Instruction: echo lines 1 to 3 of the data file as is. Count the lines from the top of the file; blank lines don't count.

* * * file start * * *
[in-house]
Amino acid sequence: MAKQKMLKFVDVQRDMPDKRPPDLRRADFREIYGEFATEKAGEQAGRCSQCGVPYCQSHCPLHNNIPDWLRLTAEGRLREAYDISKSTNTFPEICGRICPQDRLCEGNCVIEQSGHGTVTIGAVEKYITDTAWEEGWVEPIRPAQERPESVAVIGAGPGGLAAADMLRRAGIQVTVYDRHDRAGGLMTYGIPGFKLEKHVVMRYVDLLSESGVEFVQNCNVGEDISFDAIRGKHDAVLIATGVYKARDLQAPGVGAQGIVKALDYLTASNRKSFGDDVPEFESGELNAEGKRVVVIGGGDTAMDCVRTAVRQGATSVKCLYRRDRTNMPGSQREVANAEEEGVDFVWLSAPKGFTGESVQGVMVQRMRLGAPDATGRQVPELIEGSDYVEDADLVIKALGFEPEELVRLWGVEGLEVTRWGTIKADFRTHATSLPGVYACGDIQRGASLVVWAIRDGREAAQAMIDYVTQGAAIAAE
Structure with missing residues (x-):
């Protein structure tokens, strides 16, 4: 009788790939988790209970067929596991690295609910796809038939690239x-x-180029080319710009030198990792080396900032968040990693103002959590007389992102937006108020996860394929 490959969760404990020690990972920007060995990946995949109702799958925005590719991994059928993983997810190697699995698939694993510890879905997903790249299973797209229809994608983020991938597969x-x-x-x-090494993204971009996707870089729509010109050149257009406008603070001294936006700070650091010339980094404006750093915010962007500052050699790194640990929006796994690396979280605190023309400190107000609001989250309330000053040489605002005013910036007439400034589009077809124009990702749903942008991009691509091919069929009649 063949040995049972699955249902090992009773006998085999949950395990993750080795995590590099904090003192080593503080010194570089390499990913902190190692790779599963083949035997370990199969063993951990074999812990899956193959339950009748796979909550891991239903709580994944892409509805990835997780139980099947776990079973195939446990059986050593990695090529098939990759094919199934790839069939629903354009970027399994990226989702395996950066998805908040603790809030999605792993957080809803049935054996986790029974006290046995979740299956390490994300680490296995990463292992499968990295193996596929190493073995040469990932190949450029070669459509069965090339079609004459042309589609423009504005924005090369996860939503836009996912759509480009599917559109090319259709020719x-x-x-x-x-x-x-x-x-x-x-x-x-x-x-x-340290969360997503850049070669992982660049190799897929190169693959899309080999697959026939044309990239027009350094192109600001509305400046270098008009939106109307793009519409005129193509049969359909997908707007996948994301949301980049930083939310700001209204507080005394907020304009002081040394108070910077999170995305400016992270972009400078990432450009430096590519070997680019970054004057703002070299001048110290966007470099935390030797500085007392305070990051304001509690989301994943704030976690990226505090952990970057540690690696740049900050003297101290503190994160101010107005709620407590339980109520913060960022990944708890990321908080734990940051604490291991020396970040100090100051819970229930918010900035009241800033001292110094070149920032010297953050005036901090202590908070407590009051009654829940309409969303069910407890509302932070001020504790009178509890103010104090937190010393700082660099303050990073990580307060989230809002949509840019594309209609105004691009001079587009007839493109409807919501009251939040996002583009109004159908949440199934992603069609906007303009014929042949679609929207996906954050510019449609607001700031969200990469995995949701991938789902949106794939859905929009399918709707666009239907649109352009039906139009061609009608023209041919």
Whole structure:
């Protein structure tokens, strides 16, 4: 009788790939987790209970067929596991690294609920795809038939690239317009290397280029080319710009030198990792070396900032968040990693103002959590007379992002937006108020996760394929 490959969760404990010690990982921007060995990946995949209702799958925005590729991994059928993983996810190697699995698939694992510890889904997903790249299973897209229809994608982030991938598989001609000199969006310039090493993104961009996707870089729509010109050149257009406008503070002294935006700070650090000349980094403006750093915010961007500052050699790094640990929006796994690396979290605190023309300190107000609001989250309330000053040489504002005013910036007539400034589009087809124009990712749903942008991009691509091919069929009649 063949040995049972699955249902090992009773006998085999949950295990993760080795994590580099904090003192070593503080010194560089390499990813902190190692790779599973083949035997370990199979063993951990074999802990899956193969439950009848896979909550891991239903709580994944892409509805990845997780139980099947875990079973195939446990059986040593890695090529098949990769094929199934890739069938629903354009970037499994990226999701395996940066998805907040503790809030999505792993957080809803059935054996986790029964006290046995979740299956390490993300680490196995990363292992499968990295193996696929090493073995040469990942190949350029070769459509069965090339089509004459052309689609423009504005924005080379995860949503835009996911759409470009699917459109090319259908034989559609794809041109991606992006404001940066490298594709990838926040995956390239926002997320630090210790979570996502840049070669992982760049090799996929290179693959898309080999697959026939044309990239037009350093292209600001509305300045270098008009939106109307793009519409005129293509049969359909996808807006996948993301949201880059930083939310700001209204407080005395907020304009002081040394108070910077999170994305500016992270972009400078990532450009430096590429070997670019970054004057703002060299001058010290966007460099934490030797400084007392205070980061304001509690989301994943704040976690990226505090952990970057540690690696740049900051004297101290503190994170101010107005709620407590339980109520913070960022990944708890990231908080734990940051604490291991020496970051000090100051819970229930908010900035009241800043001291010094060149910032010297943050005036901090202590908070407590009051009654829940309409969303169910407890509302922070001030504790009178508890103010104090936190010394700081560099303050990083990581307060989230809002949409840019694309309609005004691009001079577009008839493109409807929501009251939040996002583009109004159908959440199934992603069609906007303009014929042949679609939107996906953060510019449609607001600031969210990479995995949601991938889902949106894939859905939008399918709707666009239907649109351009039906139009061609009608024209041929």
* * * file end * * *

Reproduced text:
[in-house]
Amino acid sequence: MAKQKMLKFVDVQRDMPDKRPPDLRRADFREIYGEFATEKAGEQAGRCSQCGVPYCQSHCPLHNNIPDWLRLTAEGRLREAYDISKSTNTFPEICGRICPQDRLCEGNCVIEQSGHGTVTIGAVEKYITDTAWEEGWVEPIRPAQERPESVAVIGAGPGGLAAADMLRRAGIQVTVYDRHDRAGGLMTYGIPGFKLEKHVVMRYVDLLSESGVEFVQNCNVGEDISFDAIRGKHDAVLIATGVYKARDLQAPGVGAQGIVKALDYLTASNRKSFGDDVPEFESGELNAEGKRVVVIGGGDTAMDCVRTAVRQGATSVKCLYRRDRTNMPGSQREVANAEEEGVDFVWLSAPKGFTGESVQGVMVQRMRLGAPDATGRQVPELIEGSDYVEDADLVIKALGFEPEELVRLWGVEGLEVTRWGTIKADFRTHATSLPGVYACGDIQRGASLVVWAIRDGREAAQAMIDYVTQGAAIAAE
Structure with missing residues (x-):